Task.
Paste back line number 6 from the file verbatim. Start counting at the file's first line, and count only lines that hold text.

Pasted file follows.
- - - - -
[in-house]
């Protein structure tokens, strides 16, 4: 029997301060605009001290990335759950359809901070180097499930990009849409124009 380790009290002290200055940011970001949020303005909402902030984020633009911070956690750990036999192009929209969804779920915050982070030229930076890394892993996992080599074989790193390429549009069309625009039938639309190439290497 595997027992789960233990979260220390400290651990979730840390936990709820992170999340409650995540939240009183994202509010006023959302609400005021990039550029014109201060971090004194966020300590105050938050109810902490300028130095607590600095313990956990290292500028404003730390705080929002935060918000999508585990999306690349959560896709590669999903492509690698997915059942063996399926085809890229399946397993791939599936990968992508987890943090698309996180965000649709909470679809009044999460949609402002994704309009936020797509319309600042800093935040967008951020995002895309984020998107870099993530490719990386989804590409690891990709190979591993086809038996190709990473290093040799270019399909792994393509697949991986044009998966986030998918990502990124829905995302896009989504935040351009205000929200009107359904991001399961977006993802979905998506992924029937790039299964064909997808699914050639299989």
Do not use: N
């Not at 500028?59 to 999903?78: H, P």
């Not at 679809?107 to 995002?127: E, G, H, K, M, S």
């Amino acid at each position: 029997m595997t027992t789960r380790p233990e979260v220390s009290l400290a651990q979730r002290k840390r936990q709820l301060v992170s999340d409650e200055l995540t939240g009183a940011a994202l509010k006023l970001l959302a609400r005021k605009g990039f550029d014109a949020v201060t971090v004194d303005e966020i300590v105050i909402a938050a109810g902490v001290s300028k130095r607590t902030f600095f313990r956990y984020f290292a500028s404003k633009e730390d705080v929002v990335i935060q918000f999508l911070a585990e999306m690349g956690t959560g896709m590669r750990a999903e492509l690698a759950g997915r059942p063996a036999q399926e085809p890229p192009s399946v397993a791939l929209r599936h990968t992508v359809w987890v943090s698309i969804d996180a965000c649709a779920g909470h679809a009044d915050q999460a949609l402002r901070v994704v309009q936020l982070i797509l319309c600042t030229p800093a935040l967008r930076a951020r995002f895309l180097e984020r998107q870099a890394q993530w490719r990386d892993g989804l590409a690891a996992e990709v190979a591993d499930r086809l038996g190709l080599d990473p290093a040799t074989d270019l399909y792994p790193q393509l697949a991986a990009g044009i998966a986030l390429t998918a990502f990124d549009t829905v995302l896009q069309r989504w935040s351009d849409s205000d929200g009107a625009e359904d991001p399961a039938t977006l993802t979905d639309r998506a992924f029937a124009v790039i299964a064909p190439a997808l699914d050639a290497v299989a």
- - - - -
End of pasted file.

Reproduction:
């Amino acid at each position: 029997m595997t027992t789960r380790p233990e979260v220390s009290l400290a651990q979730r002290k840390r936990q709820l301060v992170s999340d409650e200055l995540t939240g009183a940011a994202l509010k006023l970001l959302a609400r005021k605009g990039f550029d014109a949020v201060t971090v004194d303005e966020i300590v105050i909402a938050a109810g902490v001290s300028k130095r607590t902030f600095f313990r956990y984020f290292a500028s404003k633009e730390d705080v929002v990335i935060q918000f999508l911070a585990e999306m690349g956690t959560g896709m590669r750990a999903e492509l690698a759950g997915r059942p063996a036999q399926e085809p890229p192009s399946v397993a791939l929209r599936h990968t992508v359809w987890v943090s698309i969804d996180a965000c649709a779920g909470h679809a009044d915050q999460a949609l402002r901070v994704v309009q936020l982070i797509l319309c600042t030229p800093a935040l967008r930076a951020r995002f895309l180097e984020r998107q870099a890394q993530w490719r990386d892993g989804l590409a690891a996992e990709v190979a591993d499930r086809l038996g190709l080599d990473p290093a040799t074989d270019l399909y792994p790193q393509l697949a991986a990009g044009i998966a986030l390429t998918a990502f990124d549009t829905v995302l896009q069309r989504w935040s351009d849409s205000d929200g009107a625009e359904d991001p399961a039938t977006l993802t979905d639309r998506a992924f029937a124009v790039i299964a064909p190439a997808l699914d050639a290497v299989a």